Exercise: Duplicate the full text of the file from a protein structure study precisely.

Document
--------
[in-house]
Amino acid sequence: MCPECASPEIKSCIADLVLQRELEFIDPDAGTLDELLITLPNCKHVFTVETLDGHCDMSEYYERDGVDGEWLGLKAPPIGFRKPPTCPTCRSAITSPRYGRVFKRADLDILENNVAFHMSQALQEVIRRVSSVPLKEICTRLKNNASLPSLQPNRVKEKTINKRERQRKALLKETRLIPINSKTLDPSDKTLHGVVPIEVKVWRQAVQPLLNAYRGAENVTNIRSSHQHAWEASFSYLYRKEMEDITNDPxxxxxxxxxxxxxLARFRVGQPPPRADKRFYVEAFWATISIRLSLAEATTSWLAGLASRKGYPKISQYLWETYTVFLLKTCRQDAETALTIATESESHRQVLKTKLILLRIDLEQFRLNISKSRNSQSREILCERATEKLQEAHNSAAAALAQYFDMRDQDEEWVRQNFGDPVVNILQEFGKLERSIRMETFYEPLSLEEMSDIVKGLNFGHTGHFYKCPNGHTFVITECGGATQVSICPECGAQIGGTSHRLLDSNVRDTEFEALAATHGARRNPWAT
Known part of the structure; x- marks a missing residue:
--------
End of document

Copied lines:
[in-house]
Amino acid sequence: MCPECASPEIKSCIADLVLQRELEFIDPDAGTLDELLITLPNCKHVFTVETLDGHCDMSEYYERDGVDGEWLGLKAPPIGFRKPPTCPTCRSAITSPRYGRVFKRADLDILENNVAFHMSQALQEVIRRVSSVPLKEICTRLKNNASLPSLQPNRVKEKTINKRERQRKALLKETRLIPINSKTLDPSDKTLHGVVPIEVKVWRQAVQPLLNAYRGAENVTNIRSSHQHAWEASFSYLYRKEMEDITNDPxxxxxxxxxxxxxLARFRVGQPPPRADKRFYVEAFWATISIRLSLAEATTSWLAGLASRKGYPKISQYLWETYTVFLLKTCRQDAETALTIATESESHRQVLKTKLILLRIDLEQFRLNISKSRNSQSREILCERATEKLQEAHNSAAAALAQYFDMRDQDEEWVRQNFGDPVVNILQEFGKLERSIRMETFYEPLSLEEMSDIVKGLNFGHTGHFYKCPNGHTFVITECGGATQVSICPECGAQIGGTSHRLLDSNVRDTEFEALAATHGARRNPWAT
Known part of the structure; x- marks a missing residue: